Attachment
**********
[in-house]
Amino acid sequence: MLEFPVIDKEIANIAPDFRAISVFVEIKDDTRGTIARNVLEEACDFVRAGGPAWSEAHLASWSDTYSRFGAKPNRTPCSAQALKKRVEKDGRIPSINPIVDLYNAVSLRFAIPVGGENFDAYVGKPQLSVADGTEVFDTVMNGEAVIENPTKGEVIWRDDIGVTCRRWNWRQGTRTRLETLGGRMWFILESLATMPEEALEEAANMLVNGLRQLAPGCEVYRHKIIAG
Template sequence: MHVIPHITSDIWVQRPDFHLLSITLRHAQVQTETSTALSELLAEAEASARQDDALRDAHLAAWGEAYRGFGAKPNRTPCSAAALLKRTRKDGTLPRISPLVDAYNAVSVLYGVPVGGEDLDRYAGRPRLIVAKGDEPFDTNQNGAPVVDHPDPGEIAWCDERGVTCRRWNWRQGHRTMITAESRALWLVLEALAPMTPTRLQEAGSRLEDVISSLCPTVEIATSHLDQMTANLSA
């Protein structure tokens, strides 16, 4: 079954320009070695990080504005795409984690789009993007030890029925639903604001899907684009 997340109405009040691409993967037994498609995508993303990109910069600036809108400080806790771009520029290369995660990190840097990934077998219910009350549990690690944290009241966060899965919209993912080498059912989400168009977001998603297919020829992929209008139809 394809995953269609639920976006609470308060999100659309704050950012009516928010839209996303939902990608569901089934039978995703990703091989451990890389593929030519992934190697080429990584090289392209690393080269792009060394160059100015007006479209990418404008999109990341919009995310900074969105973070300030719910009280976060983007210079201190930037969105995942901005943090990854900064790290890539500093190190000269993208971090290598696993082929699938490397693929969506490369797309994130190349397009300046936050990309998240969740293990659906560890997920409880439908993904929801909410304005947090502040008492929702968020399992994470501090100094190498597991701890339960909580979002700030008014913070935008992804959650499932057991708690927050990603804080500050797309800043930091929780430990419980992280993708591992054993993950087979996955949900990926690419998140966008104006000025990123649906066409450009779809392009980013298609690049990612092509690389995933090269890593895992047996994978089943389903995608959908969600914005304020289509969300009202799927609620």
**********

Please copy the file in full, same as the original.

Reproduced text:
[in-house]
Amino acid sequence: MLEFPVIDKEIANIAPDFRAISVFVEIKDDTRGTIARNVLEEACDFVRAGGPAWSEAHLASWSDTYSRFGAKPNRTPCSAQALKKRVEKDGRIPSINPIVDLYNAVSLRFAIPVGGENFDAYVGKPQLSVADGTEVFDTVMNGEAVIENPTKGEVIWRDDIGVTCRRWNWRQGTRTRLETLGGRMWFILESLATMPEEALEEAANMLVNGLRQLAPGCEVYRHKIIAG
Template sequence: MHVIPHITSDIWVQRPDFHLLSITLRHAQVQTETSTALSELLAEAEASARQDDALRDAHLAAWGEAYRGFGAKPNRTPCSAAALLKRTRKDGTLPRISPLVDAYNAVSVLYGVPVGGEDLDRYAGRPRLIVAKGDEPFDTNQNGAPVVDHPDPGEIAWCDERGVTCRRWNWRQGHRTMITAESRALWLVLEALAPMTPTRLQEAGSRLEDVISSLCPTVEIATSHLDQMTANLSA
């Protein structure tokens, strides 16, 4: 079954320009070695990080504005795409984690789009993007030890029925639903604001899907684009 997340109405009040691409993967037994498609995508993303990109910069600036809108400080806790771009520029290369995660990190840097990934077998219910009350549990690690944290009241966060899965919209993912080498059912989400168009977001998603297919020829992929209008139809 394809995953269609639920976006609470308060999100659309704050950012009516928010839209996303939902990608569901089934039978995703990703091989451990890389593929030519992934190697080429990584090289392209690393080269792009060394160059100015007006479209990418404008999109990341919009995310900074969105973070300030719910009280976060983007210079201190930037969105995942901005943090990854900064790290890539500093190190000269993208971090290598696993082929699938490397693929969506490369797309994130190349397009300046936050990309998240969740293990659906560890997920409880439908993904929801909410304005947090502040008492929702968020399992994470501090100094190498597991701890339960909580979002700030008014913070935008992804959650499932057991708690927050990603804080500050797309800043930091929780430990419980992280993708591992054993993950087979996955949900990926690419998140966008104006000025990123649906066409450009779809392009980013298609690049990612092509690389995933090269890593895992047996994978089943389903995608959908969600914005304020289509969300009202799927609620």